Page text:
Vegetarian Summerfest 2017: Workshops I’m Offering

Summer season’s greetings to all! I’m counting down the days to the North American Vegetarian Society’s annual Summerfest, happening Wednesday-Sunday 5-9 July at the University of Pittsburgh – Johnstown campus. This is the closest thing to a “vacation” I do all year. And it’s soul-refreshing to be around vegans who have become supportive and dear friends over the years. 
The full timetable with all of the session descriptions is now available. Below are my three sessions. Should thoughts come to your mind on these topics. . . Please do share what comes to you.
The first one I’m ethically compelled to present: the diet-climate link. The second will be something I’ve never presented before, on an issue most of us face daily. The third brings to Summerfest something we don’t consider nearly enough in the vegan community: Veganism Defined. The brief, beautiful piece from 1951 is prescient, urgently relevant. Its call to stop thwarting evolution couldn’t be more vital, in light of stuff like the Trump administration’s removal of Endangered Species Act protection from the Yellowstone grizzlies, allowing people to stalk and kill them.
Yours for Liberation,
Lee.

If You Can’t Stand the Heat, Get (Animal Products) Out of the Kitchen 

THURSDAY 6 JULY, 10.00 AM

Campus Room

Why do experts disagree on the proportion of climate impact from animal farming? Are any governments or international bodies taking action on meat and dairy, given its climate impact? Do our personal dietary commitments having any significant impact? As an environmental law specialist, I’ll offer an up-to-date analysis, and talk about what our community can do.

I’m Vegan. My Job Is Not. How Do I Reconcile This? 

FRIDAY 7 JULY, 10.00 AM

Campus Room

In a perfect world we could all have vegan careers. In this world, so few of us do. How do we cope with the day-to-day reality? Are there any silver linings in this reality (or any drawbacks to working in vegan environments)? Can a vegan employment sector be stimulated? This will be a brief presentation followed by interactive discussion.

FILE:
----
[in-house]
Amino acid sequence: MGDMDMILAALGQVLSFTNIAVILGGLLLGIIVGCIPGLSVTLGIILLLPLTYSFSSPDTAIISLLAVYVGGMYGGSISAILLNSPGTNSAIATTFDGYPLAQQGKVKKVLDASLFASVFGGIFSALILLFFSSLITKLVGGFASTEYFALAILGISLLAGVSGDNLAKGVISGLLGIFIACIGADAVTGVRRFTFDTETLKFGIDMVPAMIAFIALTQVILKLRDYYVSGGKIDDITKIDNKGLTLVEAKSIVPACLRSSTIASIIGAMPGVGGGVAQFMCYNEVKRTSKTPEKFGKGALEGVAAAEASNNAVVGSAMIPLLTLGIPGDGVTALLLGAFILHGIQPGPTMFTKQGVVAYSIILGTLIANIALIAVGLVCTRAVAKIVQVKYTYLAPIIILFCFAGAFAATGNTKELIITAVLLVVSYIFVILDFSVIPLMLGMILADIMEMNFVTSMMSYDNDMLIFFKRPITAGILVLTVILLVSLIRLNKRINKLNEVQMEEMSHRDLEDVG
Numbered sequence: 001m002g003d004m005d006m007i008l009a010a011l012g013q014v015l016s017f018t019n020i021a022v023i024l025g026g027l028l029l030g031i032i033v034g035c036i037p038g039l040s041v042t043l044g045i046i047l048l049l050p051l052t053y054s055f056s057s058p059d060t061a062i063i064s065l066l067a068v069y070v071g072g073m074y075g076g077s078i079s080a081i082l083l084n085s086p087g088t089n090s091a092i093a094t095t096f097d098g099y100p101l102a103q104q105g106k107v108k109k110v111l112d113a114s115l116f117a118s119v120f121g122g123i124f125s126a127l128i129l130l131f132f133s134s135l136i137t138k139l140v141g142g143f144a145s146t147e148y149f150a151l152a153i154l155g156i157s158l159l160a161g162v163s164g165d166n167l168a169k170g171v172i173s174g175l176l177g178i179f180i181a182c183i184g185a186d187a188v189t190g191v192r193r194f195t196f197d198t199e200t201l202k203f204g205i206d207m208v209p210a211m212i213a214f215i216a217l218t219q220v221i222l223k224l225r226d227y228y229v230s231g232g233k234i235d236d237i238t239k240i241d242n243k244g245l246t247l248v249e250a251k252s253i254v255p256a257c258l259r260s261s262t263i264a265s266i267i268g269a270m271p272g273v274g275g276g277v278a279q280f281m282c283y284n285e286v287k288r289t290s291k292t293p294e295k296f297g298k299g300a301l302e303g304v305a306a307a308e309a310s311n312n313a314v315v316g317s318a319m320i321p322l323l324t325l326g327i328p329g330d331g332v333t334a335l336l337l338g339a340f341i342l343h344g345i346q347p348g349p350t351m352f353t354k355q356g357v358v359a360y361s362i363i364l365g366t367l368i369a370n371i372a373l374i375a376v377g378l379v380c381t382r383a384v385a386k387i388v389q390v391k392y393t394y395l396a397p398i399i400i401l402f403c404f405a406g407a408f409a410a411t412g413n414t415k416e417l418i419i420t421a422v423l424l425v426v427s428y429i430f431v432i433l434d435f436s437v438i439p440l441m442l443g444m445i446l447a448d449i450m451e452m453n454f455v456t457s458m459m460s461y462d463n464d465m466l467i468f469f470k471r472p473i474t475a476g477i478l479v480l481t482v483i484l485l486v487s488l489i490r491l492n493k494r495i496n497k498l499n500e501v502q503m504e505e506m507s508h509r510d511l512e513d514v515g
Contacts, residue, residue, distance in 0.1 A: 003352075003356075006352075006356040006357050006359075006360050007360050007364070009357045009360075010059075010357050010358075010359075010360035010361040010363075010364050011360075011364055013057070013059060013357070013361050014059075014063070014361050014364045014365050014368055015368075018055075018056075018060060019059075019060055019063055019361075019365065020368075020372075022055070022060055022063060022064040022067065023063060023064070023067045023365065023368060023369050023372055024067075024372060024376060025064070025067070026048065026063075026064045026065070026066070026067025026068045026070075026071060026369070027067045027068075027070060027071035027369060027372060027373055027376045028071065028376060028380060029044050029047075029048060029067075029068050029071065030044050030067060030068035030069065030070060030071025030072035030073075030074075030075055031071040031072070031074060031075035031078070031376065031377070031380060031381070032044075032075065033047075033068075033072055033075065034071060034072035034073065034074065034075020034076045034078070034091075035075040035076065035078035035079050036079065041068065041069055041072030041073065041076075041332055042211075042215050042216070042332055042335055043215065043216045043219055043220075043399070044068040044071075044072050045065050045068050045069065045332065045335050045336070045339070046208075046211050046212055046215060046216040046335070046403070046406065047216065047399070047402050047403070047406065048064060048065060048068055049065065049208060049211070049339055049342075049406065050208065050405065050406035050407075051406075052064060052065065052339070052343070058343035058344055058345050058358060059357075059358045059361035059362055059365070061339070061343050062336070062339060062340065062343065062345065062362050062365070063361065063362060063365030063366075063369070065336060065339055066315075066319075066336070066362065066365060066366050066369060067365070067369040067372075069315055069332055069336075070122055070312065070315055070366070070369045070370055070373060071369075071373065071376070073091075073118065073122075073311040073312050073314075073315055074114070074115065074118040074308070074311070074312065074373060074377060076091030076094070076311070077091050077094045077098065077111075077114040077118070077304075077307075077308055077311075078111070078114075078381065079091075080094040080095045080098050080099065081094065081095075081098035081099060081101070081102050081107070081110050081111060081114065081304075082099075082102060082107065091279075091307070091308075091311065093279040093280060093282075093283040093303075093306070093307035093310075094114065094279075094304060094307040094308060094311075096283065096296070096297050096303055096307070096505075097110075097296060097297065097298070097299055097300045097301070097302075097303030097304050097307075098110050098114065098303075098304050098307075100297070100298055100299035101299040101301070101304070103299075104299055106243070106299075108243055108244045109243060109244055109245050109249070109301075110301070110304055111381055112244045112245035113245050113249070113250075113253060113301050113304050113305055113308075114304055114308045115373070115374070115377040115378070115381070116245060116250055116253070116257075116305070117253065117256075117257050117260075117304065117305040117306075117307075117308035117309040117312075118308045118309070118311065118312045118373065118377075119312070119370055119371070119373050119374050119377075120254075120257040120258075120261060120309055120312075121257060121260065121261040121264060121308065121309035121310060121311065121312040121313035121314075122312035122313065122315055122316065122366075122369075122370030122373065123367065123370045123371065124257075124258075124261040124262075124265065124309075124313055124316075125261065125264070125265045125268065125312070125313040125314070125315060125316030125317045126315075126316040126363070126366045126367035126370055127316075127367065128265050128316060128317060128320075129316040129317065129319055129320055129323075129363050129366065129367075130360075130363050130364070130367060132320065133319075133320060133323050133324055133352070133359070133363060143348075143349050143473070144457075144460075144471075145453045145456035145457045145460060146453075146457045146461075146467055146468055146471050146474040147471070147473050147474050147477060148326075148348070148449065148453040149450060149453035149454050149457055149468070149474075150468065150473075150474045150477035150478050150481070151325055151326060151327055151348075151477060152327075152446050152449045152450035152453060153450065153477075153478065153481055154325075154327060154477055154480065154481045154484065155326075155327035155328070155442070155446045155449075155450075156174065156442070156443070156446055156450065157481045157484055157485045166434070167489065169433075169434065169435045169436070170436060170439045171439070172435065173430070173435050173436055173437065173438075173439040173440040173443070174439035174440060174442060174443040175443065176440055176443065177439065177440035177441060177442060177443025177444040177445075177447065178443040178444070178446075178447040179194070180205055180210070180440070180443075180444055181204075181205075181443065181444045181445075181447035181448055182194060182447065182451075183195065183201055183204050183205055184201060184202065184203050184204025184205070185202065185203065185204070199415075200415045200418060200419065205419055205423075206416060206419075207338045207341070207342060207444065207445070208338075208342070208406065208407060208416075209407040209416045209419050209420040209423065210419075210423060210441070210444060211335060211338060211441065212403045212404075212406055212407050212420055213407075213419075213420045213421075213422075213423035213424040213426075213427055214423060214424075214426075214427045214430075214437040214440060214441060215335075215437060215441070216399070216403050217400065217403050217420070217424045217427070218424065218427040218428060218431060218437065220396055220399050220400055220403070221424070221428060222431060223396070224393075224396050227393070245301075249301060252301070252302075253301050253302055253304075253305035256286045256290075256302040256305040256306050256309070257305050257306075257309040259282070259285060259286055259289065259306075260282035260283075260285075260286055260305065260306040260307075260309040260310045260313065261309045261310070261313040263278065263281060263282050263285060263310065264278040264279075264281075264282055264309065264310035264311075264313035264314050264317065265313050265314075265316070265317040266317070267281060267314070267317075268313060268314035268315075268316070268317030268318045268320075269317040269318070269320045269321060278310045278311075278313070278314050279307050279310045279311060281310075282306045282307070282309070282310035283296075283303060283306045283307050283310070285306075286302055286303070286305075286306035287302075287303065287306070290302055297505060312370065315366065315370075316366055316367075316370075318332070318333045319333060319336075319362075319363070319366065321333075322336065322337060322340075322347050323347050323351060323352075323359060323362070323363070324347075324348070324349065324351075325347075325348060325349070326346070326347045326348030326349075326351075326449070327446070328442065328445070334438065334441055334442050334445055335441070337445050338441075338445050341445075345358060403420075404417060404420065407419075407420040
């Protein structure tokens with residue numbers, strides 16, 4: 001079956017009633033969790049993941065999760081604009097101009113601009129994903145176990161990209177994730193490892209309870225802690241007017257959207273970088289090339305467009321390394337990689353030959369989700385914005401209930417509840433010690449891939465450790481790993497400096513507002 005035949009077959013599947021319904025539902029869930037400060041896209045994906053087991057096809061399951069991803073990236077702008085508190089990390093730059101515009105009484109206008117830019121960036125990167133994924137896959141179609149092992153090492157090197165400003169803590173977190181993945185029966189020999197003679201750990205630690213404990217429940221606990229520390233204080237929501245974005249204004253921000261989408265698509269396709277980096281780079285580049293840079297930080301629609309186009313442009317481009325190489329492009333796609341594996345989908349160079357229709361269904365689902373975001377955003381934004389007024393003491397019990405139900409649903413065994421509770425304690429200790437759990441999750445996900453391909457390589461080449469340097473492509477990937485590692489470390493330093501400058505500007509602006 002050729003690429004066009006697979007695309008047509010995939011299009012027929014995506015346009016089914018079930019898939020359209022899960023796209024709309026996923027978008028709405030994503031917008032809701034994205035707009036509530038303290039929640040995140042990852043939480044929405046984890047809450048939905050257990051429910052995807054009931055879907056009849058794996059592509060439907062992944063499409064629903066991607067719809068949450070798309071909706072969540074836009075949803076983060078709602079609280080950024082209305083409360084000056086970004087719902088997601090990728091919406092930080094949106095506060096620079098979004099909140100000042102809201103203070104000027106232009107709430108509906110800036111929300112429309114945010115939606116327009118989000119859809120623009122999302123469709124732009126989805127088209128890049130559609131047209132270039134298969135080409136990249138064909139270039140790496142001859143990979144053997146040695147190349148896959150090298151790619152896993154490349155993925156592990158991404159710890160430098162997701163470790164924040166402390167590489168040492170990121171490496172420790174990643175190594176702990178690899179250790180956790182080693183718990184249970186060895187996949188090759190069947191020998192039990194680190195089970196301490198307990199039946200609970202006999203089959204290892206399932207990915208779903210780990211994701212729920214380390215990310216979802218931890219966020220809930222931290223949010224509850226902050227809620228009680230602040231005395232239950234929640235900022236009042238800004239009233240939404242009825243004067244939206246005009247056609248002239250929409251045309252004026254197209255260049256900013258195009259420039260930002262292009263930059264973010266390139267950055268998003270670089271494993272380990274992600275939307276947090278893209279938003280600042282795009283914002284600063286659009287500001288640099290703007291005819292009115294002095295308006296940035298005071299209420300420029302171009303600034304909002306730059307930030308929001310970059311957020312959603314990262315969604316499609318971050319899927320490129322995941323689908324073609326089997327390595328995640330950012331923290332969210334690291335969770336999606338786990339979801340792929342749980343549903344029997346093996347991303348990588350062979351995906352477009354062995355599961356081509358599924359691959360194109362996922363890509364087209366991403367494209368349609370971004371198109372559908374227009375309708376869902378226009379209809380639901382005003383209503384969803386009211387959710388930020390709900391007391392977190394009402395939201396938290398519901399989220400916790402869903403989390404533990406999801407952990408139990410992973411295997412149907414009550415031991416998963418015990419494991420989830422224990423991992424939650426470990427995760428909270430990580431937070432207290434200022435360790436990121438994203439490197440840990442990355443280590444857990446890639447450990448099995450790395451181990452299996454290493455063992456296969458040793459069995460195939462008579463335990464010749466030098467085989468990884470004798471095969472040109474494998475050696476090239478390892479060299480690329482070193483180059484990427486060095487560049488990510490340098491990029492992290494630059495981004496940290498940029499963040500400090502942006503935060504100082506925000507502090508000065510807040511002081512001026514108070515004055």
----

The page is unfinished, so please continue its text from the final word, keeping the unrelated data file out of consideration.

Vegan Dot Connecting – Why It’s So Much More Than a Diet 

SATURDAY 8 JULY, 2.00 PM

University Room

Defining “vegan” through the Vegetarian World Forum in Spring 1951, the Vegan Society in England declared that through the vegan commitment “A great and historic wrong, whose effect upon the course of evolution must have been stupendous, would be righted.” I’ll facilitate a discussion of the broad and deep view of what veganism stands for. 


An eco-friendly tip for those attending Summerfest: Amtrak’s “Pennsylvanian” route goes to Johnstown, PA, and there’s a free, student-driven van service to and from the University of Pittsburgh campus. Please travel by train when you can.
Advertisements

Climate and Vegetarian Summerfest 2016

On Thursday 7 July in Johnstown, Pennsylvania, I’ll be offering a talk named Climate Change: How the Public Conversation Is Shifting and How Vegetarian Voices Can Be Heard. (The North American Vegetarian Society presentation summary includes a description: “This session will provide updates on farming and climate, and also involve some easy, memorable, and valid points to raise—whether in ordinary conversations or at the policy level. Attorney Lee Hall holds a specialist’s degree in environmental law with a focus on climate change, and will facilitate discussion, including new findings and vital points not raised in most discussions of climate and diet.”)

Some VeganPlace readers might ask: Wait—vegetarian voices should be heard? Don’t vegetarians consume cow products, which are obviously connected to methane and general climate-wrecking?